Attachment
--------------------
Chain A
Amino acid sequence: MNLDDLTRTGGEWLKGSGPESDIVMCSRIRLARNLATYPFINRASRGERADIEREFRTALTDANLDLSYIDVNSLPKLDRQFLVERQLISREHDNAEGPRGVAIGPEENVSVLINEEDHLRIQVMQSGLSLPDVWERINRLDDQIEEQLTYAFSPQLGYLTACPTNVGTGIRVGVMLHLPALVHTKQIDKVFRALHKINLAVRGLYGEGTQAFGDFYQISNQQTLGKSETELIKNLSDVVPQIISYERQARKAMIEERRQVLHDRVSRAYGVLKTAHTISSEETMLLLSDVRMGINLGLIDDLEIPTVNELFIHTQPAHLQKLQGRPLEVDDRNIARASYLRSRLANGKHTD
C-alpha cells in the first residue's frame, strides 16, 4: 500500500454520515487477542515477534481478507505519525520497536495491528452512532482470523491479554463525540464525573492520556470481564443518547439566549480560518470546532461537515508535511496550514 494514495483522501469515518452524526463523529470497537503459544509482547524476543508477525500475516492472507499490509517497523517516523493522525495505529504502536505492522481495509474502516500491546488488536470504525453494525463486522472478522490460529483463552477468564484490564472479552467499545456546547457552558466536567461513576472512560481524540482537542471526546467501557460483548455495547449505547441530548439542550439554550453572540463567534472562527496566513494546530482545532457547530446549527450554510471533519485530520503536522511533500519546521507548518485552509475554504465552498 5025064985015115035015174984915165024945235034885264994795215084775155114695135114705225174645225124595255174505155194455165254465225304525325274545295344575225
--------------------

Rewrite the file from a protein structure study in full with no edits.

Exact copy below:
Chain A
Amino acid sequence: MNLDDLTRTGGEWLKGSGPESDIVMCSRIRLARNLATYPFINRASRGERADIEREFRTALTDANLDLSYIDVNSLPKLDRQFLVERQLISREHDNAEGPRGVAIGPEENVSVLINEEDHLRIQVMQSGLSLPDVWERINRLDDQIEEQLTYAFSPQLGYLTACPTNVGTGIRVGVMLHLPALVHTKQIDKVFRALHKINLAVRGLYGEGTQAFGDFYQISNQQTLGKSETELIKNLSDVVPQIISYERQARKAMIEERRQVLHDRVSRAYGVLKTAHTISSEETMLLLSDVRMGINLGLIDDLEIPTVNELFIHTQPAHLQKLQGRPLEVDDRNIARASYLRSRLANGKHTD
C-alpha cells in the first residue's frame, strides 16, 4: 500500500454520515487477542515477534481478507505519525520497536495491528452512532482470523491479554463525540464525573492520556470481564443518547439566549480560518470546532461537515508535511496550514 494514495483522501469515518452524526463523529470497537503459544509482547524476543508477525500475516492472507499490509517497523517516523493522525495505529504502536505492522481495509474502516500491546488488536470504525453494525463486522472478522490460529483463552477468564484490564472479552467499545456546547457552558466536567461513576472512560481524540482537542471526546467501557460483548455495547449505547441530548439542550439554550453572540463567534472562527496566513494546530482545532457547530446549527450554510471533519485530520503536522511533500519546521507548518485552509475554504465552498 5025064985015115035015174984915165024945235034885264994795215084775155114695135114705225174645225124595255174505155194455165254465225304525325274545295344575225